66. Ron, given that “evolution” in its primary sense is a *biological* theory, how can anything from the pre-biological era (such as the Big Bang) pose a problem for it? It would be simply beyond the domain of the theory.

    Comment by Kevin McKinney — 12 Jan 2009 @ 8:36 AM

  67. After watching Gavin try to explain that geological data which shows CO2 increases lagging temperature increases by hundreths of years, were a proof that CO2 causes temperature increases, I don’t really think that there is any basis to claim that Real Climate is any more scientific than CA or WUWT. The shameful post is here:

    [Response: Very curious. Perhaps during your recent absence from commenting your reading comprehension skills have atrophied? In the precisely 3 comments I offered on that post, I am unclear which of these are ‘shameful’, or even remotely relevant to the claim that you would have me make. Do please try harder to make sense. – gavin]

    Comment by Nylo — 12 Jan 2009 @ 8:58 AM

  68. Marcus: ” It seems like there is a critical mass of those bloggers who believe that the increase of carbon dioxide in the atmosphere is due solely to oceanic temperature increases. Those kind of apparently uncorrectable simple logical fallacies really kind of frustrate and depress me.”

    A calculation:

    Comment by Magnus — 12 Jan 2009 @ 4:19 PM

  69. > A calculation

    Yeah, but: put Segalstad in the search box at the top of the page here, since whoever did that calculation cites him.

    Oh, wait, that calculation is for “Moana Loa” — wrong mountain?
    “great Holmes”

    Comment by Hank Roberts — 12 Jan 2009 @ 4:30 PM

  70. Re #69 “great Holmes”

    ReCaptcha commenting on your detective work, apparently…

    And thanks for suggesting Zotero.

    Comment by Timothy Chase — 12 Jan 2009 @ 5:09 PM

  71. I find these attempts to compare to AGW skepticism to creationism to be quite rediculous. Creationism is nonsense and anti-scientific because it seeks to use an unquantifiable diety as a catch all to explain anything we don’t understand. This kind of thinking is hinders science because it implies that we don’t need to find rational explanations for what we don’t understand because we always have the ‘god-did-it’ excuse.

    AGW skepticism is complete opposite of creationist thinking because it rejects the notion that we understand climate enough to make any definitive claims about the role of CO2 and that we have to do a lot more research. If anything, people who insists that we already have the answers and that no further investigation is required are closer to the creationist mindset.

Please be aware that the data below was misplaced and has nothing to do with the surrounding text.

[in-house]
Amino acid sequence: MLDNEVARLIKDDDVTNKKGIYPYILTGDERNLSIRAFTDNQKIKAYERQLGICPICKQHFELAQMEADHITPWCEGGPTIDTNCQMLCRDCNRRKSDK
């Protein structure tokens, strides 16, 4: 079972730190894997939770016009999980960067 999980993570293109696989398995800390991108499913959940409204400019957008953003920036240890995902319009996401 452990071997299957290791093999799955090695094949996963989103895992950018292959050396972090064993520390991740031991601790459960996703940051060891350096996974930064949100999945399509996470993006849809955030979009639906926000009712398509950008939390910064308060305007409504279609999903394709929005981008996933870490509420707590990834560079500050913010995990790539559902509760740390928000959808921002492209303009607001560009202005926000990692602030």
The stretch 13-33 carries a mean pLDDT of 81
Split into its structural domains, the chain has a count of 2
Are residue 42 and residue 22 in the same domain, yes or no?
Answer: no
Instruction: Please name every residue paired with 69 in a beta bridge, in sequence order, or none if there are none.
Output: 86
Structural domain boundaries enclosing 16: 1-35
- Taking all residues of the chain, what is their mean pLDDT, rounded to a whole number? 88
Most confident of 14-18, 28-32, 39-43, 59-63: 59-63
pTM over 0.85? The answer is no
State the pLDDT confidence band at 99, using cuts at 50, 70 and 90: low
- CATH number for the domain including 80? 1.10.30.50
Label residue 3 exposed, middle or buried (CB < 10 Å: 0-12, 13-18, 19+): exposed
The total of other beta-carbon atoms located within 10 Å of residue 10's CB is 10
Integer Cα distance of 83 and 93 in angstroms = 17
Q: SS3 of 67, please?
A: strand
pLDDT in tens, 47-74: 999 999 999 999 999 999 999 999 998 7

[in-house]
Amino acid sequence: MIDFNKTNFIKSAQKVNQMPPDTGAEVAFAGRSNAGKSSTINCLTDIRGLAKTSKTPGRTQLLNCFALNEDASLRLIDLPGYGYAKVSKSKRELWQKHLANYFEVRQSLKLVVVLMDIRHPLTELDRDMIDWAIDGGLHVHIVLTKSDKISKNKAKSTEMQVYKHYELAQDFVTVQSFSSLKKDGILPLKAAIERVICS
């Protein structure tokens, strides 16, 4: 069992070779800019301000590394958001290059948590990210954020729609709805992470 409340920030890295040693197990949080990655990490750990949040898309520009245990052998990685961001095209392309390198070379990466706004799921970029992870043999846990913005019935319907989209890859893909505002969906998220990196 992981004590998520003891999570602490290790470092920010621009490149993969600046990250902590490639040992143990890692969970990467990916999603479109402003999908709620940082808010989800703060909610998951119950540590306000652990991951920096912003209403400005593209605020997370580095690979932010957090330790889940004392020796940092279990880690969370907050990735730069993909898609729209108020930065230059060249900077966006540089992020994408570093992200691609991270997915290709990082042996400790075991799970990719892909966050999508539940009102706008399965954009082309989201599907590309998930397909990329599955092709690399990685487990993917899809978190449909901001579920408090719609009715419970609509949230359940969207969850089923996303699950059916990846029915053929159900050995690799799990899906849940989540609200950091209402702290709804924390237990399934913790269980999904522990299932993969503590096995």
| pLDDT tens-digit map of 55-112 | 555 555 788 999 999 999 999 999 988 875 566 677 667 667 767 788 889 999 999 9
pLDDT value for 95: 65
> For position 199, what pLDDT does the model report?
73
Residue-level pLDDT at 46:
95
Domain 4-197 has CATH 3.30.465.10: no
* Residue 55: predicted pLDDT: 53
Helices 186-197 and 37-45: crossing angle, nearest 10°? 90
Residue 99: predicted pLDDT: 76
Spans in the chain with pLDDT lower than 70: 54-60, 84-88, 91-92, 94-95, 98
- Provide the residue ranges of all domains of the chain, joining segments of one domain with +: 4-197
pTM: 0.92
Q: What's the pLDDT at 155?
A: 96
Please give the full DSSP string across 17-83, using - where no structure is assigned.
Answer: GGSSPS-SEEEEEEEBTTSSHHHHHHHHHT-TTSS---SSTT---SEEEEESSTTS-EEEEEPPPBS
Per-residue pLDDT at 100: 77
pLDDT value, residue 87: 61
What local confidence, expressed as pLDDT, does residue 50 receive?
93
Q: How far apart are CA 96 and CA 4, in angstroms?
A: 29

Comment by Raven — 13 Jan 2009 @ 9:34 AM

  72. Raven, AGW denialism and creationism both require their adherents to ignore the mountain of evidence. Neither proposes a useful counter-theory. Denial is not the same as skepticism.

    Comment by Ray Ladbury — 13 Jan 2009 @ 10:53 AM

  73. Ray,

    There is nothing in the scientific method that says one must have an alternate hypothesis before one can reject another.

    Evidence is also subject to interpretation and proponents of all hypothesis have a habit of interpreting evidence in ways that suits their hypotheses. AGW proponents are no different.

    As I say in my previous post – creationism is non-scientific because it uses the “god-did-it” excuse to discourage investigation into things we don’t understand. Interpreting evidence in different ways or disagreeing on the signficance of evidence is an essential part of the scientific process.

    Comment by Raven — 13 Jan 2009 @ 12:58 PM

  74. Raven (73) — I fear you have it rather wrong. Instead, read Weart’s book, first link in the Science section of the sidebar.

    Comment by David B. Benson — 13 Jan 2009 @ 1:40 PM

  75. Let me try to paraphrase that:

    CO2 denial is nonsense and anti-scientific because it seeks to use minor, or unknown, forcings as a catch all to explain effects straightforwardly attributable to CO2. This kind of thinking hinders science because it implies that we don’t need to find rational explanations for what we don’t want to understand because we always have the ‘Sol-did-it’ excuse.

    Comment by Hank Roberts — 13 Jan 2009 @ 3:46 PM

  76. Having come by here in looking at the weblog awards, I’m a bit suprised to find such a negative attitude to questions on the data/science. It seems to me that whole point of science is to be open to the possibility of something new.

    Comment by P J Stanton — 14 Jan 2009 @ 7:13 AM

  77. PJ, that hasn’t been my experience in general. Questions which appear to be agenda-free generally receive supportive responses. “Questions”–meaning disguised argumentation–not so much.

    Unfortunately, the highly politicized nature of the debate today–especially in the blogosphere–tends to over-sensitize folks on both sides. Repetitions of long-debunked ideas, conspiracy theories and accusations of fraud, and apparently willful mischaracterizations of theories, data, or people *are* all apt to raise hackles by now.

    Comment by Kevin McKinney — 14 Jan 2009 @ 9:19 AM

  78. PJ – Read the last paragraph of this post for the “point” of science and science blogging.

    Comment by Al Z — 14 Jan 2009 @ 9:43 AM

  79. Raven says: “There is nothing in the scientific method that says one must have an alternate hypothesis before one can reject another.”